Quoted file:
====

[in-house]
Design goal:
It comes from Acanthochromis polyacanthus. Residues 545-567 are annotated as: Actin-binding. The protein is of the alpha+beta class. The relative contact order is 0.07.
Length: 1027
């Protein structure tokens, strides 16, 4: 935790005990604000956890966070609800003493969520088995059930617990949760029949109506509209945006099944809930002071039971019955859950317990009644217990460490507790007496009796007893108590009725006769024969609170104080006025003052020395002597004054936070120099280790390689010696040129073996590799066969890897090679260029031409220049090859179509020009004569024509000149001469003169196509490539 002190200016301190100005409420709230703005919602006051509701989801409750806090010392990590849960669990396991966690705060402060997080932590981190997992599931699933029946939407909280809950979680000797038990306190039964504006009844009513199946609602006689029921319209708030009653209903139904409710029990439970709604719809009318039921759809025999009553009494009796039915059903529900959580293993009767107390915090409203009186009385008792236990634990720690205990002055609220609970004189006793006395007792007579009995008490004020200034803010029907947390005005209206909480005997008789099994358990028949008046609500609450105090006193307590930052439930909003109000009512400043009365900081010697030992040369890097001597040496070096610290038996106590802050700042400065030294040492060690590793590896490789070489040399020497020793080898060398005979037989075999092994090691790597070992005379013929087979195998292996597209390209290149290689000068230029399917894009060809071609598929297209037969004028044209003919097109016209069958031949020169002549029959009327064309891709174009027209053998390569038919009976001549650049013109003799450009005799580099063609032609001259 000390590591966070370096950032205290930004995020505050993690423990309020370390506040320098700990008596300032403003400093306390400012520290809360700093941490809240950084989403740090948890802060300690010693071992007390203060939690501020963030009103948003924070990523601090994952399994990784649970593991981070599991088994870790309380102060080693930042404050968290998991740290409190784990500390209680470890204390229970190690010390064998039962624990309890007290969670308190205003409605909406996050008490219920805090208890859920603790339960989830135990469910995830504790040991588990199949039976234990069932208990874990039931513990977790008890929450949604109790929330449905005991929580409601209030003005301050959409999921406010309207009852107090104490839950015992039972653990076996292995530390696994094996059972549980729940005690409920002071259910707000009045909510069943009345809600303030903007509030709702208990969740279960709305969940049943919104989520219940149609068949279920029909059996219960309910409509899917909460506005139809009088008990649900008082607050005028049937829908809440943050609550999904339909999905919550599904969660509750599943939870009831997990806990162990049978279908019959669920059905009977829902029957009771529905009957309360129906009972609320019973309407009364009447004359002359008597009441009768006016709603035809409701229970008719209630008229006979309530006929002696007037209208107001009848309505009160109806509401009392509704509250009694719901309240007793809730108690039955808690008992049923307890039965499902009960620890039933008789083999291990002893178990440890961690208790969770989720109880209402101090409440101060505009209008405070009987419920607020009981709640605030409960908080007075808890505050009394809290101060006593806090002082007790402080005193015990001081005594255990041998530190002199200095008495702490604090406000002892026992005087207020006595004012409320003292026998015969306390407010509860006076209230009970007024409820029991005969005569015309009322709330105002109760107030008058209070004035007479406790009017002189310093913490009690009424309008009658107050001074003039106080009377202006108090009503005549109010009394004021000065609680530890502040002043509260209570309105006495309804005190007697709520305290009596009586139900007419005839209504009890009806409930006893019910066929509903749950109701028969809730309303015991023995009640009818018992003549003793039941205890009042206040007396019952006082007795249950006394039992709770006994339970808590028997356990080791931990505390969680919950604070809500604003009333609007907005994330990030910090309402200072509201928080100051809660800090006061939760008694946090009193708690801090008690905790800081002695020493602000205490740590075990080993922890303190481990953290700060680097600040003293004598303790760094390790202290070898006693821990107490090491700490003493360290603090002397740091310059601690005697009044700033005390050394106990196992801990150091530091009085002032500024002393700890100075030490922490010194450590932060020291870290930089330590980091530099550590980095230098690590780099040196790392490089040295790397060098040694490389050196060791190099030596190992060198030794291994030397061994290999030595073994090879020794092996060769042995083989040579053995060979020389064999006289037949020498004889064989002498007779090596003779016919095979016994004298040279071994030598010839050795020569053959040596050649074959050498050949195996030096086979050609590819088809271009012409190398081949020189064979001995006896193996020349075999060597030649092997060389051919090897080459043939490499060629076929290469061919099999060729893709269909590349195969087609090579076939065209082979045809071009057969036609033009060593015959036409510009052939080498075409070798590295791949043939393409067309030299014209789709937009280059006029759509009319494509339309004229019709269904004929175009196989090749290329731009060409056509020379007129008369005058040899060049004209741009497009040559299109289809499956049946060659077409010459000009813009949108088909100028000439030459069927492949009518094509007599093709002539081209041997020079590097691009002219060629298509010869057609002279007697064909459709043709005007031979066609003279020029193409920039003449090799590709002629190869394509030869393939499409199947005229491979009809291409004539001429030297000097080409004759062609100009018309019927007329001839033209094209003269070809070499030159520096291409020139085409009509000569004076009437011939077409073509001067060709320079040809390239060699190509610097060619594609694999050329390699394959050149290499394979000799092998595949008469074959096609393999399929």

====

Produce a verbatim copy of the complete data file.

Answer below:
[in-house]
Design goal:
It comes from Acanthochromis polyacanthus. Residues 545-567 are annotated as: Actin-binding. The protein is of the alpha+beta class. The relative contact order is 0.07.
Length: 1027
């Protein structure tokens, strides 16, 4: 935790005990604000956890966070609800003493969520088995059930617990949760029949109506509209945006099944809930002071039971019955859950317990009644217990460490507790007496009796007893108590009725006769024969609170104080006025003052020395002597004054936070120099280790390689010696040129073996590799066969890897090679260029031409220049090859179509020009004569024509000149001469003169196509490539 002190200016301190100005409420709230703005919602006051509701989801409750806090010392990590849960669990396991966690705060402060997080932590981190997992599931699933029946939407909280809950979680000797038990306190039964504006009844009513199946609602006689029921319209708030009653209903139904409710029990439970709604719809009318039921759809025999009553009494009796039915059903529900959580293993009767107390915090409203009186009385008792236990634990720690205990002055609220609970004189006793006395007792007579009995008490004020200034803010029907947390005005209206909480005997008789099994358990028949008046609500609450105090006193307590930052439930909003109000009512400043009365900081010697030992040369890097001597040496070096610290038996106590802050700042400065030294040492060690590793590896490789070489040399020497020793080898060398005979037989075999092994090691790597070992005379013929087979195998292996597209390209290149290689000068230029399917894009060809071609598929297209037969004028044209003919097109016209069958031949020169002549029959009327064309891709174009027209053998390569038919009976001549650049013109003799450009005799580099063609032609001259 000390590591966070370096950032205290930004995020505050993690423990309020370390506040320098700990008596300032403003400093306390400012520290809360700093941490809240950084989403740090948890802060300690010693071992007390203060939690501020963030009103948003924070990523601090994952399994990784649970593991981070599991088994870790309380102060080693930042404050968290998991740290409190784990500390209680470890204390229970190690010390064998039962624990309890007290969670308190205003409605909406996050008490219920805090208890859920603790339960989830135990469910995830504790040991588990199949039976234990069932208990874990039931513990977790008890929450949604109790929330449905005991929580409601209030003005301050959409999921406010309207009852107090104490839950015992039972653990076996292995530390696994094996059972549980729940005690409920002071259910707000009045909510069943009345809600303030903007509030709702208990969740279960709305969940049943919104989520219940149609068949279920029909059996219960309910409509899917909460506005139809009088008990649900008082607050005028049937829908809440943050609550999904339909999905919550599904969660509750599943939870009831997990806990162990049978279908019959669920059905009977829902029957009771529905009957309360129906009972609320019973309407009364009447004359002359008597009441009768006016709603035809409701229970008719209630008229006979309530006929002696007037209208107001009848309505009160109806509401009392509704509250009694719901309240007793809730108690039955808690008992049923307890039965499902009960620890039933008789083999291990002893178990440890961690208790969770989720109880209402101090409440101060505009209008405070009987419920607020009981709640605030409960908080007075808890505050009394809290101060006593806090002082007790402080005193015990001081005594255990041998530190002199200095008495702490604090406000002892026992005087207020006595004012409320003292026998015969306390407010509860006076209230009970007024409820029991005969005569015309009322709330105002109760107030008058209070004035007479406790009017002189310093913490009690009424309008009658107050001074003039106080009377202006108090009503005549109010009394004021000065609680530890502040002043509260209570309105006495309804005190007697709520305290009596009586139900007419005839209504009890009806409930006893019910066929509903749950109701028969809730309303015991023995009640009818018992003549003793039941205890009042206040007396019952006082007795249950006394039992709770006994339970808590028997356990080791931990505390969680919950604070809500604003009333609007907005994330990030910090309402200072509201928080100051809660800090006061939760008694946090009193708690801090008690905790800081002695020493602000205490740590075990080993922890303190481990953290700060680097600040003293004598303790760094390790202290070898006693821990107490090491700490003493360290603090002397740091310059601690005697009044700033005390050394106990196992801990150091530091009085002032500024002393700890100075030490922490010194450590932060020291870290930089330590980091530099550590980095230098690590780099040196790392490089040295790397060098040694490389050196060791190099030596190992060198030794291994030397061994290999030595073994090879020794092996060769042995083989040579053995060979020389064999006289037949020498004889064989002498007779090596003779016919095979016994004298040279071994030598010839050795020569053959040596050649074959050498050949195996030096086979050609590819088809271009012409190398081949020189064979001995006896193996020349075999060597030649092997060389051919090897080459043939490499060629076929290469061919099999060729893709269909590349195969087609090579076939065209082979045809071009057969036609033009060593015959036409510009052939080498075409070798590295791949043939393409067309030299014209789709937009280059006029759509009319494509339309004229019709269904004929175009196989090749290329731009060409056509020379007129008369005058040899060049004209741009497009040559299109289809499956049946060659077409010459000009813009949108088909100028000439030459069927492949009518094509007599093709002539081209041997020079590097691009002219060629298509010869057609002279007697064909459709043709005007031979066609003279020029193409920039003449090799590709002629190869394509030869393939499409199947005229491979009809291409004539001429030297000097080409004759062609100009018309019927007329001839033209094209003269070809070499030159520096291409020139085409009509000569004076009437011939077409073509001067060709320079040809390239060699190509610097060619594609694999050329390699394959050149290499394979000799092998595949008469074959096609393999399929």